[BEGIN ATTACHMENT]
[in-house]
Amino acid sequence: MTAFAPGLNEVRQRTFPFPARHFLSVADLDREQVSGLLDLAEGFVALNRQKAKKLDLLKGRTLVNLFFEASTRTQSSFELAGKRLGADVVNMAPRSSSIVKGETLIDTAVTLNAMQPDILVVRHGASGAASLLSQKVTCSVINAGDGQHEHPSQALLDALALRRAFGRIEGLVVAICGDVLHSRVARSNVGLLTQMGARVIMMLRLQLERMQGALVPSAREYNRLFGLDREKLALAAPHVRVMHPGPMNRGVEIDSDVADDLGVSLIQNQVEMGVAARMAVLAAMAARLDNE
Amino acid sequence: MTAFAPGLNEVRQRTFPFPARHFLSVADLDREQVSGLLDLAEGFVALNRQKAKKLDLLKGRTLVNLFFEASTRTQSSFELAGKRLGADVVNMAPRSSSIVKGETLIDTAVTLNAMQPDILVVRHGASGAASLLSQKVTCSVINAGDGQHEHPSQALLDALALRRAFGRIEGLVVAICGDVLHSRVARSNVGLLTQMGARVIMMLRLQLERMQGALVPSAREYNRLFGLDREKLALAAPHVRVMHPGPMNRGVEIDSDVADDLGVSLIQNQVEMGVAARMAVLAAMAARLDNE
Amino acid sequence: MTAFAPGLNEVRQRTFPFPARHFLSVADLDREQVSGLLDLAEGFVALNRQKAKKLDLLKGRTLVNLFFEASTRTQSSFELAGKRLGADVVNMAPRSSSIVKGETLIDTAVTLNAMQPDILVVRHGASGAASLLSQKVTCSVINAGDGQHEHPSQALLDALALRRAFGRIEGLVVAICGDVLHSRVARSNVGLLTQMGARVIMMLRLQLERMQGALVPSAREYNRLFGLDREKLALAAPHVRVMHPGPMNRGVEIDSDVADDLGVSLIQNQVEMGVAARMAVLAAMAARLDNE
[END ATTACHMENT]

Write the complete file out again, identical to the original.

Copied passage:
[in-house]
Amino acid sequence: MTAFAPGLNEVRQRTFPFPARHFLSVADLDREQVSGLLDLAEGFVALNRQKAKKLDLLKGRTLVNLFFEASTRTQSSFELAGKRLGADVVNMAPRSSSIVKGETLIDTAVTLNAMQPDILVVRHGASGAASLLSQKVTCSVINAGDGQHEHPSQALLDALALRRAFGRIEGLVVAICGDVLHSRVARSNVGLLTQMGARVIMMLRLQLERMQGALVPSAREYNRLFGLDREKLALAAPHVRVMHPGPMNRGVEIDSDVADDLGVSLIQNQVEMGVAARMAVLAAMAARLDNE
Amino acid sequence: MTAFAPGLNEVRQRTFPFPARHFLSVADLDREQVSGLLDLAEGFVALNRQKAKKLDLLKGRTLVNLFFEASTRTQSSFELAGKRLGADVVNMAPRSSSIVKGETLIDTAVTLNAMQPDILVVRHGASGAASLLSQKVTCSVINAGDGQHEHPSQALLDALALRRAFGRIEGLVVAICGDVLHSRVARSNVGLLTQMGARVIMMLRLQLERMQGALVPSAREYNRLFGLDREKLALAAPHVRVMHPGPMNRGVEIDSDVADDLGVSLIQNQVEMGVAARMAVLAAMAARLDNE
Amino acid sequence: MTAFAPGLNEVRQRTFPFPARHFLSVADLDREQVSGLLDLAEGFVALNRQKAKKLDLLKGRTLVNLFFEASTRTQSSFELAGKRLGADVVNMAPRSSSIVKGETLIDTAVTLNAMQPDILVVRHGASGAASLLSQKVTCSVINAGDGQHEHPSQALLDALALRRAFGRIEGLVVAICGDVLHSRVARSNVGLLTQMGARVIMMLRLQLERMQGALVPSAREYNRLFGLDREKLALAAPHVRVMHPGPMNRGVEIDSDVADDLGVSLIQNQVEMGVAARMAVLAAMAARLDNE